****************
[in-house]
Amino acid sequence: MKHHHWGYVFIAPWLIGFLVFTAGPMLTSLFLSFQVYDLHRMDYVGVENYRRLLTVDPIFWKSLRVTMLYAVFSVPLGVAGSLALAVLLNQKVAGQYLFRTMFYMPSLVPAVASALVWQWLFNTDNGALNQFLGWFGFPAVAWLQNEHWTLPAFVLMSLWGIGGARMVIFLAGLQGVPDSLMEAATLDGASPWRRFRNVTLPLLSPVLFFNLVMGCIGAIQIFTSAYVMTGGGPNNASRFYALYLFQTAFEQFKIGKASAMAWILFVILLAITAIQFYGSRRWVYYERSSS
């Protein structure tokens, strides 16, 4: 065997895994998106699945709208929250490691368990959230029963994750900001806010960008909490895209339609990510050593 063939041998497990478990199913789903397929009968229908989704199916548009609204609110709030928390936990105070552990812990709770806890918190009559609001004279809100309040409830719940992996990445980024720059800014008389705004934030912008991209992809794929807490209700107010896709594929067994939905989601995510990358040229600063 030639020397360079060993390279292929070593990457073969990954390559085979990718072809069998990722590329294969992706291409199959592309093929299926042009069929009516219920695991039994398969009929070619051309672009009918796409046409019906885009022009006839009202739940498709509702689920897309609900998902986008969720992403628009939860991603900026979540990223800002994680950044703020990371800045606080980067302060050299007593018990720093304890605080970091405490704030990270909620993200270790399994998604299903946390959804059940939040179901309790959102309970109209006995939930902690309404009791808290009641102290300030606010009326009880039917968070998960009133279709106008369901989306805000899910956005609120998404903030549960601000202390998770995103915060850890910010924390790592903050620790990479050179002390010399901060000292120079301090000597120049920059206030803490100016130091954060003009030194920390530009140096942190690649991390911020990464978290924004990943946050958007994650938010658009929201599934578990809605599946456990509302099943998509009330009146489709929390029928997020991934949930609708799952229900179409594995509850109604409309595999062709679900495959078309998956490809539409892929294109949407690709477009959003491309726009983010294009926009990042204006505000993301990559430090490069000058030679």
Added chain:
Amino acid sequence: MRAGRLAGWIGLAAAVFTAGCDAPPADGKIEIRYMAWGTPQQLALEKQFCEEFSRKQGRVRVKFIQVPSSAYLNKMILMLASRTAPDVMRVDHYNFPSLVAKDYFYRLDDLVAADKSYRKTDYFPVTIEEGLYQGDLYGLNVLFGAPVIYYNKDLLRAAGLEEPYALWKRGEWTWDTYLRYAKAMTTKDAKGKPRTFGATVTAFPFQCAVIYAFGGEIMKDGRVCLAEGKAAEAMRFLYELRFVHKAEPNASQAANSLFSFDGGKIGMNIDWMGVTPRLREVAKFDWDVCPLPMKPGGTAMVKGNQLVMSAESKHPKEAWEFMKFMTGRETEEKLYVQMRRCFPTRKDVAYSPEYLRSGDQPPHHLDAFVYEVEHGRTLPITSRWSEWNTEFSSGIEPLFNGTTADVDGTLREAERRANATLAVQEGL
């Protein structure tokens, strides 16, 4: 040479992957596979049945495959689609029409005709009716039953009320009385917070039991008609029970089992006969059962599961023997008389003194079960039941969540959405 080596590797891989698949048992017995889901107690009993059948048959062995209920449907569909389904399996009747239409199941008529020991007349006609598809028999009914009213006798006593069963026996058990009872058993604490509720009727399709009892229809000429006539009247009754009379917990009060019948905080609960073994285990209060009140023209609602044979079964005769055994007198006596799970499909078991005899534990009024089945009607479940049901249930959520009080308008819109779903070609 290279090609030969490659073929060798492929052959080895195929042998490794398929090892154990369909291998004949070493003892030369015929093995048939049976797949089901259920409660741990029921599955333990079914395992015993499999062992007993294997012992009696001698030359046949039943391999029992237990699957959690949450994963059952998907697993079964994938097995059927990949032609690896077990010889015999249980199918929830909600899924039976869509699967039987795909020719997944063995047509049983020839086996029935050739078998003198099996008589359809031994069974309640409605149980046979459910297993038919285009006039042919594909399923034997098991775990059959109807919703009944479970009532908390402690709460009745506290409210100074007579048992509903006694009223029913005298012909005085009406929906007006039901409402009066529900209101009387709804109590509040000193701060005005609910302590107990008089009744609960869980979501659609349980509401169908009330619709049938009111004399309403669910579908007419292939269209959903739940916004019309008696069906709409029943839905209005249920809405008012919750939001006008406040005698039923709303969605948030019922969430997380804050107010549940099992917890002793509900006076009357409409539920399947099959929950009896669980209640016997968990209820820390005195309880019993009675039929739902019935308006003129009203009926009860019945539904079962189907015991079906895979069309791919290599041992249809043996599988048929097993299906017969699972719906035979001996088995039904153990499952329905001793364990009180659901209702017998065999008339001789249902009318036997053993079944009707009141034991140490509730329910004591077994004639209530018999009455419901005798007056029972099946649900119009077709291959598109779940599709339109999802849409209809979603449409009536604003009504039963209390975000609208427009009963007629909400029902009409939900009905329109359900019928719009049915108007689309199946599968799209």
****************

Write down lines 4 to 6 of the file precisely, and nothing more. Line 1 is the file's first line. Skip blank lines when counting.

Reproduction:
Added chain:
Amino acid sequence: MRAGRLAGWIGLAAAVFTAGCDAPPADGKIEIRYMAWGTPQQLALEKQFCEEFSRKQGRVRVKFIQVPSSAYLNKMILMLASRTAPDVMRVDHYNFPSLVAKDYFYRLDDLVAADKSYRKTDYFPVTIEEGLYQGDLYGLNVLFGAPVIYYNKDLLRAAGLEEPYALWKRGEWTWDTYLRYAKAMTTKDAKGKPRTFGATVTAFPFQCAVIYAFGGEIMKDGRVCLAEGKAAEAMRFLYELRFVHKAEPNASQAANSLFSFDGGKIGMNIDWMGVTPRLREVAKFDWDVCPLPMKPGGTAMVKGNQLVMSAESKHPKEAWEFMKFMTGRETEEKLYVQMRRCFPTRKDVAYSPEYLRSGDQPPHHLDAFVYEVEHGRTLPITSRWSEWNTEFSSGIEPLFNGTTADVDGTLREAERRANATLAVQEGL
């Protein structure tokens, strides 16, 4: 040479992957596979049945495959689609029409005709009716039953009320009385917070039991008609029970089992006969059962599961023997008389003194079960039941969540959405 080596590797891989698949048992017995889901107690009993059948048959062995209920449907569909389904399996009747239409199941008529020991007349006609598809028999009914009213006798006593069963026996058990009872058993604490509720009727399709009892229809000429006539009247009754009379917990009060019948905080609960073994285990209060009140023209609602044979079964005769055994007198006596799970499909078991005899534990009024089945009607479940049901249930959520009080308008819109779903070609 290279090609030969490659073929060798492929052959080895195929042998490794398929090892154990369909291998004949070493003892030369015929093995048939049976797949089901259920409660741990029921599955333990079914395992015993499999062992007993294997012992009696001698030359046949039943391999029992237990699957959690949450994963059952998907697993079964994938097995059927990949032609690896077990010889015999249980199918929830909600899924039976869509699967039987795909020719997944063995047509049983020839086996029935050739078998003198099996008589359809031994069974309640409605149980046979459910297993038919285009006039042919594909399923034997098991775990059959109807919703009944479970009532908390402690709460009745506290409210100074007579048992509903006694009223029913005298012909005085009406929906007006039901409402009066529900209101009387709804109590509040000193701060005005609910302590107990008089009744609960869980979501659609349980509401169908009330619709049938009111004399309403669910579908007419292939269209959903739940916004019309008696069906709409029943839905209005249920809405008012919750939001006008406040005698039923709303969605948030019922969430997380804050107010549940099992917890002793509900006076009357409409539920399947099959929950009896669980209640016997968990209820820390005195309880019993009675039929739902019935308006003129009203009926009860019945539904079962189907015991079906895979069309791919290599041992249809043996599988048929097993299906017969699972719906035979001996088995039904153990499952329905001793364990009180659901209702017998065999008339001789249902009318036997053993079944009707009141034991140490509730329910004591077994004639209530018999009455419901005798007056029972099946649900119009077709291959598109779940599709339109999802849409209809979603449409009536604003009504039963209390975000609208427009009963007629909400029902009409939900009905329109359900019928719009049915108007689309199946599968799209």